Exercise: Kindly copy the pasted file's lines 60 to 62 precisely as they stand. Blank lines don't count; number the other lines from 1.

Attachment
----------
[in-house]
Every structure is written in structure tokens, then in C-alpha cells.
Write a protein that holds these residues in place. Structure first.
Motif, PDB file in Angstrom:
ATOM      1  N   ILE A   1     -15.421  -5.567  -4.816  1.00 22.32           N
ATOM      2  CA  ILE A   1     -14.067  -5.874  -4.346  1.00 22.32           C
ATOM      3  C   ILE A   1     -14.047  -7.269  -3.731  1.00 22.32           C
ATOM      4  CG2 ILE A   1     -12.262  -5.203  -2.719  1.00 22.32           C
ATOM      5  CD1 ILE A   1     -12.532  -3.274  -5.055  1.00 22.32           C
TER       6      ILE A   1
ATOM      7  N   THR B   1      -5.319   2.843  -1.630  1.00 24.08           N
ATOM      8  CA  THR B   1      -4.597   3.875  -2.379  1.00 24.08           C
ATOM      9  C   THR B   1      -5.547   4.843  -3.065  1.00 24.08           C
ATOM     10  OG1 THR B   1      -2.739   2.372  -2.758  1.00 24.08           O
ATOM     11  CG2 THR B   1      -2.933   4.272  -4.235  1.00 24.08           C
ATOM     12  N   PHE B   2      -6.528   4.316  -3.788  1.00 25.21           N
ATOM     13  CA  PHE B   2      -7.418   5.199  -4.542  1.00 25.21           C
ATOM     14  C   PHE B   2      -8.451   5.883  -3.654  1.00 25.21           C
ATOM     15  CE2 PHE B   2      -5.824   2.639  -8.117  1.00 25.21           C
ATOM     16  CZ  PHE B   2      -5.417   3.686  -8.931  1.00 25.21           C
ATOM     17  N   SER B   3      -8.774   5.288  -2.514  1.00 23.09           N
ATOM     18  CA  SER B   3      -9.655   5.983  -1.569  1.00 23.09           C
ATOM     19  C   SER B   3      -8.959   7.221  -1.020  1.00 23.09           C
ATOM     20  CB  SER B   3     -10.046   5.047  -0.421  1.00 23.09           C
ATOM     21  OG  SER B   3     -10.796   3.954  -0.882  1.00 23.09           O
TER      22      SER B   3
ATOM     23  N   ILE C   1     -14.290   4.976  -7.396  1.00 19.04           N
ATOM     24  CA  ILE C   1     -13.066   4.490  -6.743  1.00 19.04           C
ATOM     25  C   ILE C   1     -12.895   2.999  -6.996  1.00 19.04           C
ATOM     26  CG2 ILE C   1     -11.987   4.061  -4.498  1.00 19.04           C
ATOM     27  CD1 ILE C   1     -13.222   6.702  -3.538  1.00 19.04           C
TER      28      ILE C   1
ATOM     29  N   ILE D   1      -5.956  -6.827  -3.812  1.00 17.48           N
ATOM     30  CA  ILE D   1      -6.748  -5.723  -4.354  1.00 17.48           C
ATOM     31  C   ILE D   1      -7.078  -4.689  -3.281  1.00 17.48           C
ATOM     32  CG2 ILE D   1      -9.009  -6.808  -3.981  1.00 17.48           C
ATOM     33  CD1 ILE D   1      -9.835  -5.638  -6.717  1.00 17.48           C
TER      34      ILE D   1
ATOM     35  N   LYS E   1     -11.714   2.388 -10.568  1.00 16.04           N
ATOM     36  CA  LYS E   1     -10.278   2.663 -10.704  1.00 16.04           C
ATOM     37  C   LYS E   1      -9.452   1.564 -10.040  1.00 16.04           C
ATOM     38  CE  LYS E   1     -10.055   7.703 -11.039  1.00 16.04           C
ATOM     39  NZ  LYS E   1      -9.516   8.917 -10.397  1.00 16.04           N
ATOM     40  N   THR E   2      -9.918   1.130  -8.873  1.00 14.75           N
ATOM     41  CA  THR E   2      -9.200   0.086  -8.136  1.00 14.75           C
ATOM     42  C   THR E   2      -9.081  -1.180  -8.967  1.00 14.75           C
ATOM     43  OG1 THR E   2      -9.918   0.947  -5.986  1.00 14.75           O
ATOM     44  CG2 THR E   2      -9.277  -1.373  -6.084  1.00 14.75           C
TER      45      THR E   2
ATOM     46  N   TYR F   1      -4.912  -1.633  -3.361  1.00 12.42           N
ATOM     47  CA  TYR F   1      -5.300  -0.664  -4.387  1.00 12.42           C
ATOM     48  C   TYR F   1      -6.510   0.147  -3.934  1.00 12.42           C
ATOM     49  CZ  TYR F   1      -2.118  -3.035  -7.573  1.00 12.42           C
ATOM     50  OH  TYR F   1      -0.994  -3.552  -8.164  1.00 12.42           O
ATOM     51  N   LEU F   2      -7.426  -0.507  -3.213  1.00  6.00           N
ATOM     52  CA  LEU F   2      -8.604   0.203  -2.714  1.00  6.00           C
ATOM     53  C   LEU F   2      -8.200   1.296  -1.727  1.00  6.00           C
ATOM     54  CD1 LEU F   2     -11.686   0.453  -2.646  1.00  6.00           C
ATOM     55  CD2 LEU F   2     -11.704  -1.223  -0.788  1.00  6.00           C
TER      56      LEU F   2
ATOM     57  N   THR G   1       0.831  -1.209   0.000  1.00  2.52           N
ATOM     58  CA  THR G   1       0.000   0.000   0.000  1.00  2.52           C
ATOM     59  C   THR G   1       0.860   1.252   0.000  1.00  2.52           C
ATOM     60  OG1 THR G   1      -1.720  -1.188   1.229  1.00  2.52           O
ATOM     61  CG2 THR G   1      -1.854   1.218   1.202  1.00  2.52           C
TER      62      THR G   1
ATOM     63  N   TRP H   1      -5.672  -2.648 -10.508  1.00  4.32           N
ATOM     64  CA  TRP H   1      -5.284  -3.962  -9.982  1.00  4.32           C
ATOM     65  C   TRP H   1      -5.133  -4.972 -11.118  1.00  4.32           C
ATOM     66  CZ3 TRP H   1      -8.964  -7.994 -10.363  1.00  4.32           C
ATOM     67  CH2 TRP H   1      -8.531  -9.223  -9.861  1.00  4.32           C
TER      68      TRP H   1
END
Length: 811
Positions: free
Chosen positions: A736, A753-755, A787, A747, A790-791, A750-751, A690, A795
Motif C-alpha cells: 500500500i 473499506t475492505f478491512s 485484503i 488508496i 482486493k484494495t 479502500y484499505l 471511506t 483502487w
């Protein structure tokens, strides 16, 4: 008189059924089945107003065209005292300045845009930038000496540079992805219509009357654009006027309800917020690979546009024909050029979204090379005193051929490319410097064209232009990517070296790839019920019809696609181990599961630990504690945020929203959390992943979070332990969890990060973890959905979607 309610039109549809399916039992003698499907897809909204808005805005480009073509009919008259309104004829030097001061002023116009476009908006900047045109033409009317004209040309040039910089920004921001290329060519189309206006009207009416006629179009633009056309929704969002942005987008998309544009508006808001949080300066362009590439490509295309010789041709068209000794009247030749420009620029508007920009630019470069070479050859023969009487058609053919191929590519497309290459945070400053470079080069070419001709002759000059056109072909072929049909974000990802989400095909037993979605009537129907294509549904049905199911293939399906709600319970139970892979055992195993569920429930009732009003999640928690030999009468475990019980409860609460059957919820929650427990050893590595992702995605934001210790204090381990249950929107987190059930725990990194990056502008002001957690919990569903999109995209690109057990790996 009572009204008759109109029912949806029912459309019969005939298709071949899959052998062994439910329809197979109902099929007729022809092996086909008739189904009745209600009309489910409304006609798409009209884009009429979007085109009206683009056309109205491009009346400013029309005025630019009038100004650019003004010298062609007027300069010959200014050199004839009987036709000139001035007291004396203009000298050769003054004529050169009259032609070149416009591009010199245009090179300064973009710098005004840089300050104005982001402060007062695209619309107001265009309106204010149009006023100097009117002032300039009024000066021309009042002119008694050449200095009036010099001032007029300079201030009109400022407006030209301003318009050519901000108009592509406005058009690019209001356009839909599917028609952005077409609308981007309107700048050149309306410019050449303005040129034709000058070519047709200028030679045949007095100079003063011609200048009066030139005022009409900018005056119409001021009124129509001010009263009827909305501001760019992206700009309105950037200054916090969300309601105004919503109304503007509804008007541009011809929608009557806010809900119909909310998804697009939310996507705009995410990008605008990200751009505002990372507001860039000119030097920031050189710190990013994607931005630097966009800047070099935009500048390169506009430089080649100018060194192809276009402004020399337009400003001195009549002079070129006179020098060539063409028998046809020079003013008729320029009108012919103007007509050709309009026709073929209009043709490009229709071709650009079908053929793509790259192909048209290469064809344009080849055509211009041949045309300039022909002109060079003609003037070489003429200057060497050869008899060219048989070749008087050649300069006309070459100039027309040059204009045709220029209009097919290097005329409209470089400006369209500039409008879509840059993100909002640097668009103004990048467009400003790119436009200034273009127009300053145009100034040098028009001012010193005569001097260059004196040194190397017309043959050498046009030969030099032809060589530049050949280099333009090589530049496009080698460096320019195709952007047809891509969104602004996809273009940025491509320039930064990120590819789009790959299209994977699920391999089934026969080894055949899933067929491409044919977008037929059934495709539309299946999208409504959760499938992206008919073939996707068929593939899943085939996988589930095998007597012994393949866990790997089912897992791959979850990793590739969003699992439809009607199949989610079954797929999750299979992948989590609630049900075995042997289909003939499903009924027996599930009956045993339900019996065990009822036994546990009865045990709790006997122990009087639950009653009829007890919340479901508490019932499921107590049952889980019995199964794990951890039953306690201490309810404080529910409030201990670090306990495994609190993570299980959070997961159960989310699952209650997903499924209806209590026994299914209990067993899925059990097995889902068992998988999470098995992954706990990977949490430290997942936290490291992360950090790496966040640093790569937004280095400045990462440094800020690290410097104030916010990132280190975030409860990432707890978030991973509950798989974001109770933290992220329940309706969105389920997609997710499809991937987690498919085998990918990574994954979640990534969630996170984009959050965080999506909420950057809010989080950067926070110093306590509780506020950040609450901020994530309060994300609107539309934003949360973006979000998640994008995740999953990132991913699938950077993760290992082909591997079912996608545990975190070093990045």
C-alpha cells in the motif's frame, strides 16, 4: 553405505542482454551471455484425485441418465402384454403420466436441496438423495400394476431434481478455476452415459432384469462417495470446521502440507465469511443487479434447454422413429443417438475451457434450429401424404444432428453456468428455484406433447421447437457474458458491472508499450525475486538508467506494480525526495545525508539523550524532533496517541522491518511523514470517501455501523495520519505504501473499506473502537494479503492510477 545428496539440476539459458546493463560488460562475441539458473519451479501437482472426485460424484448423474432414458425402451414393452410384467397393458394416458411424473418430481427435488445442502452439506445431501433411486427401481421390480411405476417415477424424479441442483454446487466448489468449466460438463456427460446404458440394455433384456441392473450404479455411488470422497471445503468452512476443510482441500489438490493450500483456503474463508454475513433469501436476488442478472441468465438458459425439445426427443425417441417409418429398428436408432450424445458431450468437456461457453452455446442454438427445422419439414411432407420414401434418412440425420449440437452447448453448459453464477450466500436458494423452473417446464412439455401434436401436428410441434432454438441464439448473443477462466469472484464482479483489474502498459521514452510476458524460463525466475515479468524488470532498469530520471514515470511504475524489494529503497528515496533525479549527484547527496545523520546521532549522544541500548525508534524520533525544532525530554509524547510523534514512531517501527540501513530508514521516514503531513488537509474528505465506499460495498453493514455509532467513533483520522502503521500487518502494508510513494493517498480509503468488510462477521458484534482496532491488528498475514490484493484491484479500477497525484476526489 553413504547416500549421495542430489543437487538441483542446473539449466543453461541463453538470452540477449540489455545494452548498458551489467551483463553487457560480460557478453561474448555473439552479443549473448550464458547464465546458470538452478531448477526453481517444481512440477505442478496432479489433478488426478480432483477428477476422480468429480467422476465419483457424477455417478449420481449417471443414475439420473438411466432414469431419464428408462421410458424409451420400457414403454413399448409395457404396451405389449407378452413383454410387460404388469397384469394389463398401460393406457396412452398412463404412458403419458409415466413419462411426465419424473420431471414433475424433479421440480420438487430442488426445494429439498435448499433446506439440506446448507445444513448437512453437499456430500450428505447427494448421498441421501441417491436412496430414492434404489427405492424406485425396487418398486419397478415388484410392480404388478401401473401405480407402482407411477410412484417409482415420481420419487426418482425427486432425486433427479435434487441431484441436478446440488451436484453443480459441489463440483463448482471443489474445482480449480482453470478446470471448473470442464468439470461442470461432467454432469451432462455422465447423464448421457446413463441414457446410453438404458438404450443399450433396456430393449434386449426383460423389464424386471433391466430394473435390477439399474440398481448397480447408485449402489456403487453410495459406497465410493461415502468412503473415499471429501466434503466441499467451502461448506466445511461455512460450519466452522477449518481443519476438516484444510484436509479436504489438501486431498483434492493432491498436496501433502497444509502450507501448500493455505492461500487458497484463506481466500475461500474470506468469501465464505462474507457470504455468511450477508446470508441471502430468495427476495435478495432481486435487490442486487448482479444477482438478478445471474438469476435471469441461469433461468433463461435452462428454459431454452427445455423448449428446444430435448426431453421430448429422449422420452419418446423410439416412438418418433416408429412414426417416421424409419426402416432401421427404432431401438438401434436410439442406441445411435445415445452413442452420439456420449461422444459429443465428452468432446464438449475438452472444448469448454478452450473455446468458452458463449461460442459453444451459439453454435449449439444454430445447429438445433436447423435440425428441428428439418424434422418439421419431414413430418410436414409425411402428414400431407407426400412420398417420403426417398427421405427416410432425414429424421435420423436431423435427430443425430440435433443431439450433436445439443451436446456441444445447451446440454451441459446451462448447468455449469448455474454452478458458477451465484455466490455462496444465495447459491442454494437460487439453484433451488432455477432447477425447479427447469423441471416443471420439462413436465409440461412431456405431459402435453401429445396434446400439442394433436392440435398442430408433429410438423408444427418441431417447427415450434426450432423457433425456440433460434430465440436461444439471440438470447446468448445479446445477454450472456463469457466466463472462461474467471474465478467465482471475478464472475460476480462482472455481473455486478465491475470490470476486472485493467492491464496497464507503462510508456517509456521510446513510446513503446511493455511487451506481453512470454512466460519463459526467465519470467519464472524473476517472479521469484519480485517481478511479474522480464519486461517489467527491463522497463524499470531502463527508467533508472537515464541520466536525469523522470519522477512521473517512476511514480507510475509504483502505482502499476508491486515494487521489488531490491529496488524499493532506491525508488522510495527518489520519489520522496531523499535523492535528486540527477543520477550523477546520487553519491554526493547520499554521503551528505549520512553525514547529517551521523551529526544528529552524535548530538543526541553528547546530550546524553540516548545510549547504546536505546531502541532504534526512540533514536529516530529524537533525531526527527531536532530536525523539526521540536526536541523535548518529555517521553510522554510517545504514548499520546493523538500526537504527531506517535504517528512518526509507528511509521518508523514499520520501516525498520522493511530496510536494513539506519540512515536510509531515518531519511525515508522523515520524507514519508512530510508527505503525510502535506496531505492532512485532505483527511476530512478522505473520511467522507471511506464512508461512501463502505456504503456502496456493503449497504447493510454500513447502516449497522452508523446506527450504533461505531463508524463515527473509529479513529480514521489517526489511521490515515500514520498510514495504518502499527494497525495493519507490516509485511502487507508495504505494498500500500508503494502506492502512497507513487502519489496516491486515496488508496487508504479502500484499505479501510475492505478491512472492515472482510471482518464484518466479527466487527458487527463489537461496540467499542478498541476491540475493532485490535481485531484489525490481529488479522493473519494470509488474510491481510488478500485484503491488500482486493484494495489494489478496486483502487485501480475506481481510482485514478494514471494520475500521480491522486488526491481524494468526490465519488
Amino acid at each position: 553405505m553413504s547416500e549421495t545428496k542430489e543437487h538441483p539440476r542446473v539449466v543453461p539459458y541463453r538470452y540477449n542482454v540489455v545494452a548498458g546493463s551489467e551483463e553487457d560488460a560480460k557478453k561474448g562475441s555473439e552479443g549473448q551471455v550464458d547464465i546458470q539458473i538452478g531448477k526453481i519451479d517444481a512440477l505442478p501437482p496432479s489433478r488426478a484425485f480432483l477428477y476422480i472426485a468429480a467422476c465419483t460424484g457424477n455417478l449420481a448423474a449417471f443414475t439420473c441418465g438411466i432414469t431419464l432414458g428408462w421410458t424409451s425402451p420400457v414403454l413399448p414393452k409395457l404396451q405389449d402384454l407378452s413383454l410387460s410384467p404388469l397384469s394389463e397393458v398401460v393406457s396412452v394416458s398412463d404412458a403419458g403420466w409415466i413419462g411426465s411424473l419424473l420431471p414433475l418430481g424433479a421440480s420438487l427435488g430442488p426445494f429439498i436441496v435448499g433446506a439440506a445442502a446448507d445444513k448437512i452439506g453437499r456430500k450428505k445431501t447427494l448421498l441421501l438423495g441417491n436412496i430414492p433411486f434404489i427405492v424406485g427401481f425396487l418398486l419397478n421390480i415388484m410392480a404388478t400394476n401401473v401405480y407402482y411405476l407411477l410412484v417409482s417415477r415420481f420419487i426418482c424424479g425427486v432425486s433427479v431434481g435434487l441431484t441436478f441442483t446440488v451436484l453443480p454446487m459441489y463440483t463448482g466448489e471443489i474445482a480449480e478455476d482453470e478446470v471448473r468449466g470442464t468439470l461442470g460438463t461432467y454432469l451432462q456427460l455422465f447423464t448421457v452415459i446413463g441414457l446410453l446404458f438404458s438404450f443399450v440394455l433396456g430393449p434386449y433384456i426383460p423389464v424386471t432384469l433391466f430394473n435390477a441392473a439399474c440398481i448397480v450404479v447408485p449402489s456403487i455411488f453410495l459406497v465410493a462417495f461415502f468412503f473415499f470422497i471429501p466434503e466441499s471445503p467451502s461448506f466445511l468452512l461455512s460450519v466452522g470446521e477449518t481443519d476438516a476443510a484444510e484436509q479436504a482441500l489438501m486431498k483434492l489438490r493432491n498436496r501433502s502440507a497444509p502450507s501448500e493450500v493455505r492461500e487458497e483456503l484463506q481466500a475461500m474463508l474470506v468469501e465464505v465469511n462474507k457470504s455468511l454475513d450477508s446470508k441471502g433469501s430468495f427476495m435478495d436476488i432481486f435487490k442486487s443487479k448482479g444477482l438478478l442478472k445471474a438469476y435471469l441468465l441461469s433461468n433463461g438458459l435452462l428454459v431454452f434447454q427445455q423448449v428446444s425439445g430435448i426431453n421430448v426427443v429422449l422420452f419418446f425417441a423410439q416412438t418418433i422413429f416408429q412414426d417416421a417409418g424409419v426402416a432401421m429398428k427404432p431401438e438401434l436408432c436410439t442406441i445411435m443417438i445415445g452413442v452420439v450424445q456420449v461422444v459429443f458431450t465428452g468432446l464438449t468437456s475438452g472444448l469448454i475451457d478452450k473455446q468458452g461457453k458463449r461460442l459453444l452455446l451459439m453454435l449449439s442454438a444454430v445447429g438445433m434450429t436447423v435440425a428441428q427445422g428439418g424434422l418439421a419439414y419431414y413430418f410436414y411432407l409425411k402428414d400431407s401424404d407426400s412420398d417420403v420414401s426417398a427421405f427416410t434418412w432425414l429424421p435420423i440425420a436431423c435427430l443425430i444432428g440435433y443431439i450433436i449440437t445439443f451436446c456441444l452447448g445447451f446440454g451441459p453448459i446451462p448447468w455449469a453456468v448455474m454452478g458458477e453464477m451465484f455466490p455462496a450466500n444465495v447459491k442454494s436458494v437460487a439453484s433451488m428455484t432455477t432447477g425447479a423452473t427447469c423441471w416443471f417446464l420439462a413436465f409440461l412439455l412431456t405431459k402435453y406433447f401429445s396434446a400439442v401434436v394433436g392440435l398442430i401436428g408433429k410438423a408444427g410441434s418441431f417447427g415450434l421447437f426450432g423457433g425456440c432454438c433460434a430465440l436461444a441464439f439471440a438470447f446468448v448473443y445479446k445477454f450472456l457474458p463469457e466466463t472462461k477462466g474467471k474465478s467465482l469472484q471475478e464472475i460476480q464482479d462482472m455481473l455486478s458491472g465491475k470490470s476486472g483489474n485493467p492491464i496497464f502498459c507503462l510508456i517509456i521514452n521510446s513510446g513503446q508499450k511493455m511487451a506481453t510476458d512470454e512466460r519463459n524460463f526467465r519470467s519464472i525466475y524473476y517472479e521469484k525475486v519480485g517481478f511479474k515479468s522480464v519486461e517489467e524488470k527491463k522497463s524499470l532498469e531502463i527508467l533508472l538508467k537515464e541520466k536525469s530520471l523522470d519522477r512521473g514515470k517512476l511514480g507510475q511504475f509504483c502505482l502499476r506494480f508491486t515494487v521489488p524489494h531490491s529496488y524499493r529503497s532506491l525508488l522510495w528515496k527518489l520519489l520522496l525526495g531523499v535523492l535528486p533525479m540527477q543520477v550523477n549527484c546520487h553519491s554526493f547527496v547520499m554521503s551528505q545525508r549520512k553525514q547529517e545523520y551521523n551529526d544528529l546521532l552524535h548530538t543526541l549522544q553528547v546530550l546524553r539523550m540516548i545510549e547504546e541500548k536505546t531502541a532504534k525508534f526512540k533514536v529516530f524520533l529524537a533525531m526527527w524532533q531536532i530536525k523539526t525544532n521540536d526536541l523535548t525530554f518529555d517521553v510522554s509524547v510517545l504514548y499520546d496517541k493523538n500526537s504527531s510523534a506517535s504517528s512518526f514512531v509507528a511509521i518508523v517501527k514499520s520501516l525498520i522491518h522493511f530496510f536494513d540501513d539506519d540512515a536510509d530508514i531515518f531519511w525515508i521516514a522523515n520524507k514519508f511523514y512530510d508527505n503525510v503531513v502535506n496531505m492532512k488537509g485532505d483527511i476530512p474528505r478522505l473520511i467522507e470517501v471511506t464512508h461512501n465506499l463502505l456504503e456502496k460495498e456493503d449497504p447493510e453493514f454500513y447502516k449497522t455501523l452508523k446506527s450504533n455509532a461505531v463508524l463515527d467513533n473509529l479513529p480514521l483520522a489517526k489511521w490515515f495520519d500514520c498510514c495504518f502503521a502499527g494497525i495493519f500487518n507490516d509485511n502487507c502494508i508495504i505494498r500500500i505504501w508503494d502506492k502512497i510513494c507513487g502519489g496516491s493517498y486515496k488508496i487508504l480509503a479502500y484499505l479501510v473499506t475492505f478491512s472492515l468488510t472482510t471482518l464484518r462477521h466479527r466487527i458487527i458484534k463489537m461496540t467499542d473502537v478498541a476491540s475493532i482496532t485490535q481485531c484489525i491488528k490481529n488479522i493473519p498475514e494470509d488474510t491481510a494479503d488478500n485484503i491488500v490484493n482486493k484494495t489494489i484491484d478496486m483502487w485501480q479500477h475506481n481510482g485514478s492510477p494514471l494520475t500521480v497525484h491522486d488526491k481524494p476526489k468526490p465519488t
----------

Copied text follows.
TER      56      LEU F   2
ATOM     57  N   THR G   1       0.831  -1.209   0.000  1.00  2.52           N
ATOM     58  CA  THR G   1       0.000   0.000   0.000  1.00  2.52           C